Style: McQ AW12

While the menswear at McQ AW12 was beautifully tailored, this collection was really all about the girls. Taking the label’s dark romantic heritage as a starting point, Creative Director Sarah Burton invited us into her stunning winter fairy tale vision. As the models crunched over golden leaves, we were presented with a collection that started with severe military outerwear and progressed through embroidered velvet skirts and dresses to the grand finale of tulle ballgowns.

This was the first time the McQueen label has shown in its hometown and the first ever catwalk show for the diffusion line McQ. Still riding high from an amazing 2011, Burton showed us a brand that is confident and strong; in keeping with its heritage, but looking to the future. Only six years old, McQ is their affordable line but the stunning detailing in embroidery and embellishment, and precise cutting showed that affordable can still be luxury.

The New Look shaping in the ballgowns showed a significant departure from last season’s main line collection, which was more architectural. This season was all about  exploring the balance between hard and soft femininity. The last two looks were matching black and white tulle ballgowns with lace overlay in winter florals and brought to mind the evil sorceress and the princess from a fairy tale. As the last model, Kristen McMenamy, made her way back, she grabbed a rope from under the leaves and followed it to a little hut in an illuminated forest at the back of the runway. Was this the woodcutters shed? As she left, we heard dance music coming from backstage. At McQ the happy ending wouldn’t be complete without a good party.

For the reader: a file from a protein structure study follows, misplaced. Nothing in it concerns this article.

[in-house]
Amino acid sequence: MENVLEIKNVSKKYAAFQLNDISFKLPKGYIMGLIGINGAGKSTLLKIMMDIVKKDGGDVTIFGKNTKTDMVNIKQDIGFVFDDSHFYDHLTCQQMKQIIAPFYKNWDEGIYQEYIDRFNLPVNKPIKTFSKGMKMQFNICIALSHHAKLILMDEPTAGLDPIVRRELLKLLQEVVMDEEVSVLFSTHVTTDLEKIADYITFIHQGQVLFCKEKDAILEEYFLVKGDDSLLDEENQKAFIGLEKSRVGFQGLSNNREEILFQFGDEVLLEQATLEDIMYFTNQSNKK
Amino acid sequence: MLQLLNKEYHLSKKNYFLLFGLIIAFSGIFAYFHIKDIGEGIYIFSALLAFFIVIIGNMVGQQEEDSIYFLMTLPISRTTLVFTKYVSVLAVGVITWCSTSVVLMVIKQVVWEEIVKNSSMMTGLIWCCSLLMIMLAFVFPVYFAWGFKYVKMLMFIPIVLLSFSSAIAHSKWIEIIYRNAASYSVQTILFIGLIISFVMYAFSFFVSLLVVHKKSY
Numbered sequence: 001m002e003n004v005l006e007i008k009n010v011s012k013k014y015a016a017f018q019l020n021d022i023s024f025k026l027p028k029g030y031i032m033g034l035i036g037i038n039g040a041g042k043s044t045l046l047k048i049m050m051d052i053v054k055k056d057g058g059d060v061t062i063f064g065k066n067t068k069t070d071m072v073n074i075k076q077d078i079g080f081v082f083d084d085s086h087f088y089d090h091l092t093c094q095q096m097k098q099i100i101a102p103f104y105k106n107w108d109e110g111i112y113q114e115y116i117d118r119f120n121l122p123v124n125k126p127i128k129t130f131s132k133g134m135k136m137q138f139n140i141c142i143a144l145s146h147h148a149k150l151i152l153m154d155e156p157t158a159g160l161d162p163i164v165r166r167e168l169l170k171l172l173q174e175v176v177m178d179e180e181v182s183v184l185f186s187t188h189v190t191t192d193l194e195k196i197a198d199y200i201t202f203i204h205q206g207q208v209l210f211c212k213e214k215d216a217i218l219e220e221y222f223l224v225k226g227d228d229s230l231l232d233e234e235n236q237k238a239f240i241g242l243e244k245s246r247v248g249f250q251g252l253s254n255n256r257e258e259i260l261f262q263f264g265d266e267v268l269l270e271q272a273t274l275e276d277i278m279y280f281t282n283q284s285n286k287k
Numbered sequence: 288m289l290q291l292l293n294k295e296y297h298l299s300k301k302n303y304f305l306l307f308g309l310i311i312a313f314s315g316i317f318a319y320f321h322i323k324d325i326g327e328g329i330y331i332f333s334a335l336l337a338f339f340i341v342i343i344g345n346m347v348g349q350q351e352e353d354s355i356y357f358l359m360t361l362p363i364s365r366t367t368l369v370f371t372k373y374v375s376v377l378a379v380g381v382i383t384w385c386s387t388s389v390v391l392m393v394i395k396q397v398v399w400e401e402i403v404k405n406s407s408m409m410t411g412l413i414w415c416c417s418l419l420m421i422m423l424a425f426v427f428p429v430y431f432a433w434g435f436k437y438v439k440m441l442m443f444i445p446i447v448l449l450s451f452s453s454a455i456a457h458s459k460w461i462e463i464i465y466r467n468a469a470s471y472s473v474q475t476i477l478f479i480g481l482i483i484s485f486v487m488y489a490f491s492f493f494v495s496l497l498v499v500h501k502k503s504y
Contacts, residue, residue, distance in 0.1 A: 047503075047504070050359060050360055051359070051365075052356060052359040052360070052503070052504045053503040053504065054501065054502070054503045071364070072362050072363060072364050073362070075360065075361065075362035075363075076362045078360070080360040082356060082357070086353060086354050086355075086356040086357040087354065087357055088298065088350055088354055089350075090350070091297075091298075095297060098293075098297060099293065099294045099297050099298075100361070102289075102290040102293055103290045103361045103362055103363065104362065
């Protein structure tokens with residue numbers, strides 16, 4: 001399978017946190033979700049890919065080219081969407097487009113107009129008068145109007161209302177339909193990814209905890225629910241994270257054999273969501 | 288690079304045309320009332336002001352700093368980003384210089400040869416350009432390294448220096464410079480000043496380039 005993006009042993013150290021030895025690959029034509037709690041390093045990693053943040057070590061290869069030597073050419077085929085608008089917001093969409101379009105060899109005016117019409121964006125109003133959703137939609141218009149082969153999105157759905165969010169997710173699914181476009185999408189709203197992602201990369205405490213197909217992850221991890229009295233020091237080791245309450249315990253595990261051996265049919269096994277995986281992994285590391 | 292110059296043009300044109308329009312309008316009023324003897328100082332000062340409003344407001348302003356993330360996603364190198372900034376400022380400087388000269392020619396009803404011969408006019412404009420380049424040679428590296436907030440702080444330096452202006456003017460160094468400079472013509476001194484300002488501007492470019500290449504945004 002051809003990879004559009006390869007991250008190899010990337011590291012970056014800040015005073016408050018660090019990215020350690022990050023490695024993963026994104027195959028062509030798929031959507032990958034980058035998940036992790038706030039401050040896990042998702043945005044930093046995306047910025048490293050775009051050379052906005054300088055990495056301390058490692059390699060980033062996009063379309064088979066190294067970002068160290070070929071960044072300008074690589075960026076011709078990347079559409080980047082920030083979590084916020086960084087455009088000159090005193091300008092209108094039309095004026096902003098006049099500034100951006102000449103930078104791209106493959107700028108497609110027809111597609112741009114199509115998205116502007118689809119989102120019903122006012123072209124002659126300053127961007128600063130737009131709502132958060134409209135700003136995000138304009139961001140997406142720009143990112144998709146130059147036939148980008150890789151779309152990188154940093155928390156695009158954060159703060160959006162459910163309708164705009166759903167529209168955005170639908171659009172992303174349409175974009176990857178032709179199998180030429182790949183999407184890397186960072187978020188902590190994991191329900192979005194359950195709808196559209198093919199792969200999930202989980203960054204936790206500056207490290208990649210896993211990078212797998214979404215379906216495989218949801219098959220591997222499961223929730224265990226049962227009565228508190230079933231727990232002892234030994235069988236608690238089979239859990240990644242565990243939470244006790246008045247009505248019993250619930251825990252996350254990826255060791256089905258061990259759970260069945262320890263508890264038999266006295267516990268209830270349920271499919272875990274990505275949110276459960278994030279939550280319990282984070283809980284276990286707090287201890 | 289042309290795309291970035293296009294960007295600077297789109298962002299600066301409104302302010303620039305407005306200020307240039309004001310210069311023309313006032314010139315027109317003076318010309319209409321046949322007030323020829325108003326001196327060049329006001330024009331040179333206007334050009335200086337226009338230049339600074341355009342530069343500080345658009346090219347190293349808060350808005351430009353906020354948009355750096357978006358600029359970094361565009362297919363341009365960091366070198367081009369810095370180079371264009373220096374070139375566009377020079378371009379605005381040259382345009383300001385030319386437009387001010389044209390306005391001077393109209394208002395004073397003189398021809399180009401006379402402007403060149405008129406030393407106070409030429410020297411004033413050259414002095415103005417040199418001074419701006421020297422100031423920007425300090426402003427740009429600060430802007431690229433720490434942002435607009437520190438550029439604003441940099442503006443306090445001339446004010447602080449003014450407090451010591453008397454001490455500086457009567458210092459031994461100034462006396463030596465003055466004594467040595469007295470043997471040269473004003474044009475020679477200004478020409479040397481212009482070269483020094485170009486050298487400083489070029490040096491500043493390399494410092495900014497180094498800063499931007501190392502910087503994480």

All pictures from Style.com